How to Price Options?

This post is for entrepreneurs and will hopefully convince you that keeping the price of your Options low is the rational thing to do.

(Understanding Options is mandatory in an industry which makes use of Options as a compensation mechanism. If you suspect you don’t fully understand Options I recommend reading our previous blog post: ( Options — Basic Terms ).

Recently, I’ve witnessed that lawyers and some board members pressure entrepreneurs to increase the exercise price for employee Options. This post is meant for entrepreneurs and will hopefully convince you that keeping the price of your Options low is the rational and right thing to do.

Options serve as a tool to reward employees for the years they have devoted to the company. Most of your employees could easily work for other companies, and in some cases receive a higher salary and more benefits.

The Options’ exercise price can have a substantial impact as the company matures, thus when debating setting that price, there are several considerations that need to be taken into account:

  • There are different rules in the US and in Israel regarding Option pricing. For US employees you have to, due to US tax regulation demands, price the Options based on a 409A valuation, which is a formal report that tells you the current fair market value of your company’s common stock. In Israel the company has more flexibility in setting the Options exercise price. So your first dilemma is whether to have one price for all your employee Options or not.
  • Employees that leave your company before an exit occurs can choose to exercise their options. Typically the employee Stock Option agreement will have a clause setting a defined term (such as four weeks) from leaving the company, during which an employee may exercise his or her Options — or lose them. Unexercised options return to the pool of unallocated options. In some cases you might prefer to keep these options to avoid extra dilution. If the price of the Options is too low, it will be a no brainer to exercise options upon leaving.
  • When employees exercise their options, whether through a cashless exercise in an exit, or upon leaving the company, the cash goes to the company. In some cases these amounts can be significant.

When considering the Options’ price one should not forget the core reason for giving options in the first place. The main driver behind options is to compensate and motivate your employees. In all of my recent exits, the founders were proud that tens of their employees received substantial financial reward for their contribution. Being loyal and taking care of your key employees (not just the VPs), is a critical part of startup culture. All other considerations should be viewed as secondary.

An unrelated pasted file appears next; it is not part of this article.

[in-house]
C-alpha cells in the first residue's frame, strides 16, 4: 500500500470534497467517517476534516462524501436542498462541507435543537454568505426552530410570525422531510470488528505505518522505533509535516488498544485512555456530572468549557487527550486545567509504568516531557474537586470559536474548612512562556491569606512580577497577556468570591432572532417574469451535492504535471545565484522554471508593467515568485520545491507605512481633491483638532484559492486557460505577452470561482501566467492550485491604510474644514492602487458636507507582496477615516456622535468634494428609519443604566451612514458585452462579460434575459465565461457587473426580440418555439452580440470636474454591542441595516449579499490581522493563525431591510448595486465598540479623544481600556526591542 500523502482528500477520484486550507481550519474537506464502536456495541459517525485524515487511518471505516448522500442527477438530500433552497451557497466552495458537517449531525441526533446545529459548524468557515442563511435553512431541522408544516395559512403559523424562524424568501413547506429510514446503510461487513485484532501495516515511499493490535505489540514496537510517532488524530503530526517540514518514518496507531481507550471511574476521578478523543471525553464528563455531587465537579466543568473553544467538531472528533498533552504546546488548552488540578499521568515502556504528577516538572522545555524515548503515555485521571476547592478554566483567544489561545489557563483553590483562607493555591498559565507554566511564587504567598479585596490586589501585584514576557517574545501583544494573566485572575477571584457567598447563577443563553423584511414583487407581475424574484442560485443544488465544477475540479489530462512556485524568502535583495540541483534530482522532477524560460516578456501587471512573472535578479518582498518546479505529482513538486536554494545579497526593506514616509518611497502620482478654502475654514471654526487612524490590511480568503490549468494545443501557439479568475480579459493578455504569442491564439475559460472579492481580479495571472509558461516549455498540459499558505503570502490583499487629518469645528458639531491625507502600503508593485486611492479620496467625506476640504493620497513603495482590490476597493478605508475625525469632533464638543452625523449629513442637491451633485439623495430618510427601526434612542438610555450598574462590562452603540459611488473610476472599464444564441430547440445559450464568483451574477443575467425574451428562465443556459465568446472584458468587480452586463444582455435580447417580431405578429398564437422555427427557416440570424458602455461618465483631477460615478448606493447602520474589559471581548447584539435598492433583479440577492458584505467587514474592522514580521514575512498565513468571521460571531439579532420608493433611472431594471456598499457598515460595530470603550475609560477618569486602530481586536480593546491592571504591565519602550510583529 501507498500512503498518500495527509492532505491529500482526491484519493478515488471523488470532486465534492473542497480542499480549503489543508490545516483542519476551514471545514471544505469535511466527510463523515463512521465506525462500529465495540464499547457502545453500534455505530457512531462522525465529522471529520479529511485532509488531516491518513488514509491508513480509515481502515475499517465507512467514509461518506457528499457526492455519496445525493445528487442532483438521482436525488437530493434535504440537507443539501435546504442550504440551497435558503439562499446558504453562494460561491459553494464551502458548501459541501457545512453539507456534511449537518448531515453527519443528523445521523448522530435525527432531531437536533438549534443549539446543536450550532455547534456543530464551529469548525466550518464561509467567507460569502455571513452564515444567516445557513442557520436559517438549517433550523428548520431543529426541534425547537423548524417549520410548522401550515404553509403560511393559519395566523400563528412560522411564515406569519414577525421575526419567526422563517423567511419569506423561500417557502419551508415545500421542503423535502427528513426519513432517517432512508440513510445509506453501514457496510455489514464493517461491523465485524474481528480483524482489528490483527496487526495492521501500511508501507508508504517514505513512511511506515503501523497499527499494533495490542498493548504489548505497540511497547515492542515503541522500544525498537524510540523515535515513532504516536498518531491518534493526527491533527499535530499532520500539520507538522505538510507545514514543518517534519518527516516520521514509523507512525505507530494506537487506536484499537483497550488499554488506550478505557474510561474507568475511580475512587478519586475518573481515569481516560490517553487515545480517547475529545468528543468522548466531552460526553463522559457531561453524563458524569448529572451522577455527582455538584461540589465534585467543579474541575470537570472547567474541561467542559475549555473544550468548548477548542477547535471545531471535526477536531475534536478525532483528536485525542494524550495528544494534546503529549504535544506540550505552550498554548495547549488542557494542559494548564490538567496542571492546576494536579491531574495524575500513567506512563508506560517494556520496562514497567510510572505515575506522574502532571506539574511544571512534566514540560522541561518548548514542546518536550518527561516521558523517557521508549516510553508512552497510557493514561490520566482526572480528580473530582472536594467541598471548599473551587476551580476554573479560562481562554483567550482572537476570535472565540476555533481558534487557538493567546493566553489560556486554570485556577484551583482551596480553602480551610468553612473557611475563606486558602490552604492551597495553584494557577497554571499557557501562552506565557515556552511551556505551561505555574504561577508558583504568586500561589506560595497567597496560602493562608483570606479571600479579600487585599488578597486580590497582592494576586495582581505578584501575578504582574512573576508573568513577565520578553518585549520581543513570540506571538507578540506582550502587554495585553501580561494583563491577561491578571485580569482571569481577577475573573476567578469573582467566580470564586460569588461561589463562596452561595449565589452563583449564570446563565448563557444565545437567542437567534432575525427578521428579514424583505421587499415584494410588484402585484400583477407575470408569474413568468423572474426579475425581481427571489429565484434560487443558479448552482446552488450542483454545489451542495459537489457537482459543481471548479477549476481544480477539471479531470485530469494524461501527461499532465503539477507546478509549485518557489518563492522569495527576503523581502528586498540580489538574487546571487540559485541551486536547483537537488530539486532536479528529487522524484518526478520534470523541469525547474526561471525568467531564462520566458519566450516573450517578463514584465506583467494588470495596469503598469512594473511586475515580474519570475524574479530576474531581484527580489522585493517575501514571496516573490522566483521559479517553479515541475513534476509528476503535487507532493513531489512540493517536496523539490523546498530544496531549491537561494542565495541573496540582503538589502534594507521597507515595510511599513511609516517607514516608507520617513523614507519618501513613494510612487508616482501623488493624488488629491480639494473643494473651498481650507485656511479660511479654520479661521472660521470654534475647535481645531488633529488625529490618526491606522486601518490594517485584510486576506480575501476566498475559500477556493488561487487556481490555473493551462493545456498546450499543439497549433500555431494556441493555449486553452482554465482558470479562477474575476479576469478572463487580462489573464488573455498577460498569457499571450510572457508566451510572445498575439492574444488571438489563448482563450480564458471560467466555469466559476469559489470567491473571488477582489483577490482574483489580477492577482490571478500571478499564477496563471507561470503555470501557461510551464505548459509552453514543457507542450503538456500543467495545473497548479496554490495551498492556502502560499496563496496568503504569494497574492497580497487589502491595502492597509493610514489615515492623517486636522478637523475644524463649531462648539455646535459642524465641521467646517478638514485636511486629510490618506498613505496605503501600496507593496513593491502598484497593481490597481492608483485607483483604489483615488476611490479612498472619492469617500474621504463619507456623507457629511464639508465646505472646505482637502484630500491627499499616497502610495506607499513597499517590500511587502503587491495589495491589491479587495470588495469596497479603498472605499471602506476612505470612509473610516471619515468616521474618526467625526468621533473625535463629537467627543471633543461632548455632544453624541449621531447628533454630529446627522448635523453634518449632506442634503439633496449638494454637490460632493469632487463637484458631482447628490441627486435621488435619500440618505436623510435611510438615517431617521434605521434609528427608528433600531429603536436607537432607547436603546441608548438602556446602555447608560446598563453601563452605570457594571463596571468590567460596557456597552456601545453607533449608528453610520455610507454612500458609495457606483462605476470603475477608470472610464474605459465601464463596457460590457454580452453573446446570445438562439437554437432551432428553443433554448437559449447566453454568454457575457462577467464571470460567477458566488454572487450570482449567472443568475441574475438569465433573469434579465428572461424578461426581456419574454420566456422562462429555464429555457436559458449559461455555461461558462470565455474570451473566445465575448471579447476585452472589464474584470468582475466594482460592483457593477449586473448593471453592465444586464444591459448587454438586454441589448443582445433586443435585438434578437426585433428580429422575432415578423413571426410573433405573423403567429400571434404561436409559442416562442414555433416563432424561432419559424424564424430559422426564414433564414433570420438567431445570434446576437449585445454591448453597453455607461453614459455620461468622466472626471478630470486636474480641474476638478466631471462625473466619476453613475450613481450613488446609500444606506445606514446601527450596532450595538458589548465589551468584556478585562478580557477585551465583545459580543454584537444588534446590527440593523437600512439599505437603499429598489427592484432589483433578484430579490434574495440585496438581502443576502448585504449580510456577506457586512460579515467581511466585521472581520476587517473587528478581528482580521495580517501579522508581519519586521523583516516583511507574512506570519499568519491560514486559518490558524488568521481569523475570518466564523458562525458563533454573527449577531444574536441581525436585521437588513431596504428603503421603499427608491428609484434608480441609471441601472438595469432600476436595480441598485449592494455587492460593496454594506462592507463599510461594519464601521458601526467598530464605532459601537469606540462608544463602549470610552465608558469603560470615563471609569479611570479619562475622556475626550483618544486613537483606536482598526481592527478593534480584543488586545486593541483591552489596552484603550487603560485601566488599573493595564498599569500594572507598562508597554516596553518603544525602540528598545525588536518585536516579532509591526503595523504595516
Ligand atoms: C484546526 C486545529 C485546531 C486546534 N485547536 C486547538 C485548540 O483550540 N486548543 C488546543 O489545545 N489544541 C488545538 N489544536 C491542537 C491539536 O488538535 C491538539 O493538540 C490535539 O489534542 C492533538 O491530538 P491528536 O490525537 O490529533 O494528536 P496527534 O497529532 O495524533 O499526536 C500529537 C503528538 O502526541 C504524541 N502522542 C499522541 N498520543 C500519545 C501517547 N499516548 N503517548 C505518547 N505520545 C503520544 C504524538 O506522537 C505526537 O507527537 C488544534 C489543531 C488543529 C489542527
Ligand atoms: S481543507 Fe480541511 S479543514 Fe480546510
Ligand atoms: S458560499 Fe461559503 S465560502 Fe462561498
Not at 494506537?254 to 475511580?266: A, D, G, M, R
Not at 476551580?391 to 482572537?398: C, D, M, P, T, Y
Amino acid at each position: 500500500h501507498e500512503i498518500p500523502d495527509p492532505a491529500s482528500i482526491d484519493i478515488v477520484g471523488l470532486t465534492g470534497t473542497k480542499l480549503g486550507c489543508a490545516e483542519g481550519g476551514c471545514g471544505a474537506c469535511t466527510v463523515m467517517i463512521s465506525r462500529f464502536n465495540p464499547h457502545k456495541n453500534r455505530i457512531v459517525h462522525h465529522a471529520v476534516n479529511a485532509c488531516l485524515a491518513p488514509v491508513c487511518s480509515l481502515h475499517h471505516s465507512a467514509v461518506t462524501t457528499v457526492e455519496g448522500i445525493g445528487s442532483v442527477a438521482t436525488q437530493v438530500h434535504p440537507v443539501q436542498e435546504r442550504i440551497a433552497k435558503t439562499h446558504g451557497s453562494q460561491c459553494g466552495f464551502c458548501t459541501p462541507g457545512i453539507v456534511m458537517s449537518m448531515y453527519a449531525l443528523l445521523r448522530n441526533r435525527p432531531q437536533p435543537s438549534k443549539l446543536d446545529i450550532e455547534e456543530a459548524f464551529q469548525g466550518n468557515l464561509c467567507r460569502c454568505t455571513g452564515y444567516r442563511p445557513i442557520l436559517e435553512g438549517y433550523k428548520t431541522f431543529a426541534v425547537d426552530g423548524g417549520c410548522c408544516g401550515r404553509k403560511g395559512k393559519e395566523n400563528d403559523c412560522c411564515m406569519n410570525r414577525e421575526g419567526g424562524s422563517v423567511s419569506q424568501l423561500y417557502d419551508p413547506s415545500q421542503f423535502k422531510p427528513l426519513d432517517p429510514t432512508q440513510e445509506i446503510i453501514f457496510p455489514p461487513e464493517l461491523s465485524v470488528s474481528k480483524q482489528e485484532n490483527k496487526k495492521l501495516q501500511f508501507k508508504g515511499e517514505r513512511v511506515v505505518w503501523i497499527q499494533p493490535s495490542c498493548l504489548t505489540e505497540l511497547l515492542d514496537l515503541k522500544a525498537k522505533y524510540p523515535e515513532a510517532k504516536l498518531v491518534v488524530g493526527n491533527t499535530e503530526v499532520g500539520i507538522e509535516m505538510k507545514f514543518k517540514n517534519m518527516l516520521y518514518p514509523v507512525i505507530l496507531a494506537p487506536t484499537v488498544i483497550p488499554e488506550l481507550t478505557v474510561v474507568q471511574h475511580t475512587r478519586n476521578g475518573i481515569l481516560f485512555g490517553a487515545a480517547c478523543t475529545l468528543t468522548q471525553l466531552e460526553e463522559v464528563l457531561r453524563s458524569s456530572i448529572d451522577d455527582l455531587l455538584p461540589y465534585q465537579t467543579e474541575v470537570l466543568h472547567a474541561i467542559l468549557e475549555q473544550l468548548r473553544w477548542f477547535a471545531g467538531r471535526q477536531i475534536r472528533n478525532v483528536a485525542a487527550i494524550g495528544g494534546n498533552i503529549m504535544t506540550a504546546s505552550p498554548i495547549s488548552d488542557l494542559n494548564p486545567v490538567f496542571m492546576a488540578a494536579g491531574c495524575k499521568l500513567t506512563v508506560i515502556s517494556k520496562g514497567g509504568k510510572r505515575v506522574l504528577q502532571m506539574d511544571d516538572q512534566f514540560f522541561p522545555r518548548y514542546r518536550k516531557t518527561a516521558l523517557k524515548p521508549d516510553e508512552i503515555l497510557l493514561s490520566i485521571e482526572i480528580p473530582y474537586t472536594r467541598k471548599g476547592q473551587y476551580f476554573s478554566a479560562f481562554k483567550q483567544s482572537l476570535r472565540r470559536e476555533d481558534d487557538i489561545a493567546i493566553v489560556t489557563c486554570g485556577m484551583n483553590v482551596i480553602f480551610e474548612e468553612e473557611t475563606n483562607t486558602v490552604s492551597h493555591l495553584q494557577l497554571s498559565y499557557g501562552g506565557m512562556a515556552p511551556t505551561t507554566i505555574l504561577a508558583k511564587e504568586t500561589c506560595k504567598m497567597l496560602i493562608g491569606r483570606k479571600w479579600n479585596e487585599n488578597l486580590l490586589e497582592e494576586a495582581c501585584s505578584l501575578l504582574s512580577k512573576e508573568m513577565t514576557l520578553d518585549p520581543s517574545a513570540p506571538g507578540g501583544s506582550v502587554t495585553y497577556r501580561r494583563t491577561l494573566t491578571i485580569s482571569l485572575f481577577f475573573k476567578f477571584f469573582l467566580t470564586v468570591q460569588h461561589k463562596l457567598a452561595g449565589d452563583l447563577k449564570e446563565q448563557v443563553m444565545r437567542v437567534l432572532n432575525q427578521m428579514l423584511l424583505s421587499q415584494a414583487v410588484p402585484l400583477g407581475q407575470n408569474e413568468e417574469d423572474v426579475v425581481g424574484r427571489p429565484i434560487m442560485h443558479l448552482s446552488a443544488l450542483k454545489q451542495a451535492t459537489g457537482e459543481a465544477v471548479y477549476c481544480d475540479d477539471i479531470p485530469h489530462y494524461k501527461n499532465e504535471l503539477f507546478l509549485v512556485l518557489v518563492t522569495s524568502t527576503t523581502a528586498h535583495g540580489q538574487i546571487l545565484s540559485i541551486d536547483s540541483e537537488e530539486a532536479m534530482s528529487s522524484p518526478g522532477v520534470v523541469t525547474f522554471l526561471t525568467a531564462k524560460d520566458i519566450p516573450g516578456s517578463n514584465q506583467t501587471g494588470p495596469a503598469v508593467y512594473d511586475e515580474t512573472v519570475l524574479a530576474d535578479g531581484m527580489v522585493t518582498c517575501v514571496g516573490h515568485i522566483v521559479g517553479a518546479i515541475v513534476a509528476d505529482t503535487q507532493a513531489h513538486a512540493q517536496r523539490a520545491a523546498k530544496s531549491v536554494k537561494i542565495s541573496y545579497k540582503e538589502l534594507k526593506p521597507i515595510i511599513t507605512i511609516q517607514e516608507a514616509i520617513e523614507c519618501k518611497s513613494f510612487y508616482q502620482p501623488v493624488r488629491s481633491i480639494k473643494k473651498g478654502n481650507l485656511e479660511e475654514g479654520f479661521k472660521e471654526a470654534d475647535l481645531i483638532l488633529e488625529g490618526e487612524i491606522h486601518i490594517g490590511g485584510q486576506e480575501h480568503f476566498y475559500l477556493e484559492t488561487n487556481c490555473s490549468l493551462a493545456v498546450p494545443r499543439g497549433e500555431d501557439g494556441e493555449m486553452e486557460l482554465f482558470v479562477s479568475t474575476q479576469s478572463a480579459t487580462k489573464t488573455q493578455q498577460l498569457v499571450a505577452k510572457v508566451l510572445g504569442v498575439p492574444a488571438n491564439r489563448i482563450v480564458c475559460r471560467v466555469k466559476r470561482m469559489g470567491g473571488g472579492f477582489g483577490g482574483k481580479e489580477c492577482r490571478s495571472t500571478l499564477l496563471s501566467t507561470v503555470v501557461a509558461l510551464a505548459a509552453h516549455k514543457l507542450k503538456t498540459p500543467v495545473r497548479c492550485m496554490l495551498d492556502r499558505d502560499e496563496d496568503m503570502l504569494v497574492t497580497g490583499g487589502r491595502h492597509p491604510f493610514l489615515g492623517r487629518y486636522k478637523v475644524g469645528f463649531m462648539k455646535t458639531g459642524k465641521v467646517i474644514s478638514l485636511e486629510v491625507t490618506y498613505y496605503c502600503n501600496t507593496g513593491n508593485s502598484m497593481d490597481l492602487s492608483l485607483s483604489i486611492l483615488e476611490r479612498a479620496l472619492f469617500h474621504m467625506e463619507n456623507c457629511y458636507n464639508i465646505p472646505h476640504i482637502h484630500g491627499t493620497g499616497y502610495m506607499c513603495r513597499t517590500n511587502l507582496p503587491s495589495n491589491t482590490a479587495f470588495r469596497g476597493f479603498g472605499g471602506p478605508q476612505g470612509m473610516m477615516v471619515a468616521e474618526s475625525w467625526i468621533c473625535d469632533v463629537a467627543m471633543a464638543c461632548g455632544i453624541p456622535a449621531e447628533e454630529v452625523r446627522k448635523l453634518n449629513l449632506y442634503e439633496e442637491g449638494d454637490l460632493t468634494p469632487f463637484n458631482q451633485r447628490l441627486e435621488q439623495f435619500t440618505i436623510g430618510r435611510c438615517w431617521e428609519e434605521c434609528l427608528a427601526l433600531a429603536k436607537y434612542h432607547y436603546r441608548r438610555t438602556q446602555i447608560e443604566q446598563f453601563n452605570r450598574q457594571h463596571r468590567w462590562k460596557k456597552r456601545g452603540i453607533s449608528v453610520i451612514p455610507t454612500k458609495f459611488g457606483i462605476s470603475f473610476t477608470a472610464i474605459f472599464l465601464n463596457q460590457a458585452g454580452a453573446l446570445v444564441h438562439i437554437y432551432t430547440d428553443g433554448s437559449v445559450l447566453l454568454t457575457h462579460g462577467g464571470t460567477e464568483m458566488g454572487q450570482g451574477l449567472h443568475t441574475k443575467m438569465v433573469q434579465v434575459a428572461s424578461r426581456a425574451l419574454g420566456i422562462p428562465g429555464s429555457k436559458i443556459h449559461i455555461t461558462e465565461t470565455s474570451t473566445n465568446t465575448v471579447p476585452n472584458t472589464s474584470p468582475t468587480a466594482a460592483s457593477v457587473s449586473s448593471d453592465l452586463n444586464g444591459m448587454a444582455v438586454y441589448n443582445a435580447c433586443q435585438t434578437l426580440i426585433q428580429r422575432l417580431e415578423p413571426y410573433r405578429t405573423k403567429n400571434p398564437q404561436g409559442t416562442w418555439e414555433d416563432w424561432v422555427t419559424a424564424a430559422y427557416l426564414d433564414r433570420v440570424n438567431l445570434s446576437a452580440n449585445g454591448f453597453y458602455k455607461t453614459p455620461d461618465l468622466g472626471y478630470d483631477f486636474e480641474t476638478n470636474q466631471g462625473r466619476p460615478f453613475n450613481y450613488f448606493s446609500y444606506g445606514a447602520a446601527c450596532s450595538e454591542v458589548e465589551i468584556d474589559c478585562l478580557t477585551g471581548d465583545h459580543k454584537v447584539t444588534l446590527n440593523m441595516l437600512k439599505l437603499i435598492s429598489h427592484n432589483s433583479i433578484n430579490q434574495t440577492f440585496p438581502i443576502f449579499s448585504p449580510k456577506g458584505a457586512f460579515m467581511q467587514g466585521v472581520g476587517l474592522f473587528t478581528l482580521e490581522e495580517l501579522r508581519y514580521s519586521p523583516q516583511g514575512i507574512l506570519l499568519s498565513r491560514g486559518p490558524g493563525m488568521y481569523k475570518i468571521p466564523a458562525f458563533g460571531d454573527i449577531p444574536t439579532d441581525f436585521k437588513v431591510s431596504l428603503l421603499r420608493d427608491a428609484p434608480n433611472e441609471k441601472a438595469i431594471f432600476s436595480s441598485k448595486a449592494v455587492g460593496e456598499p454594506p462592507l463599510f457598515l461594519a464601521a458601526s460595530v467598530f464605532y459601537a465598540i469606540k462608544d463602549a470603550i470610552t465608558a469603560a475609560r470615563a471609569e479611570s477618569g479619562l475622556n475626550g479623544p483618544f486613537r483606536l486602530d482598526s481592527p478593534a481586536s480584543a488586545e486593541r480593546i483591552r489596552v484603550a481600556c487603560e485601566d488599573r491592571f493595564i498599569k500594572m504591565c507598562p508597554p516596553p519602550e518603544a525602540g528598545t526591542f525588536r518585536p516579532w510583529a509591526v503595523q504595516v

It is true that employees leave companies. In some cases a key employee departure can severely hurt the company. But even if you are disappointed that someone has decided to leave your company after 3–4 years, you should also remember that they devoted 3–4 years of their career to your company. Regarding the Option price, most people cannot afford the heavy financial risk when exercising their options. It is unreasonable to expect employees to risk tens of thousands of dollars on your company. The price to exercise Options should reflect belief, but in no way jeopardize your employees’ financial future.

With regards to the money returning back to the company from employees exercising Options, this shouldn’t be a relevant factor. If your company’s future is dependent upon employees exercising their Options, you have bigger issues than pricing options. And when you sell your company, be generous and let your employees enjoy their options, they deserve it.

The last point is more tricky. The 409A usually results in an exercise price which is rather high, and the company has to use that exercise price for all employees with US citizenship. I personally believe that companies should differentiate between Options that are given to their Israeli employees — because they can. There are other considerations like taxes that substantially affect the value of Options in different countries. In each country you should review and decide on a mechanism that maximizes your employees’ benefit and return. Trying to account for all the different factors in order to create a unified policy will result in a less than ideal situation for everyone. Frankly, as long as you don’t have hundreds of employees you can probably deal with 2–3 policies. Just ensure you properly explain the difference to your employees clearly.

To summarize, reward your employees, take care of them and together you will be able to achieve great things.

Rona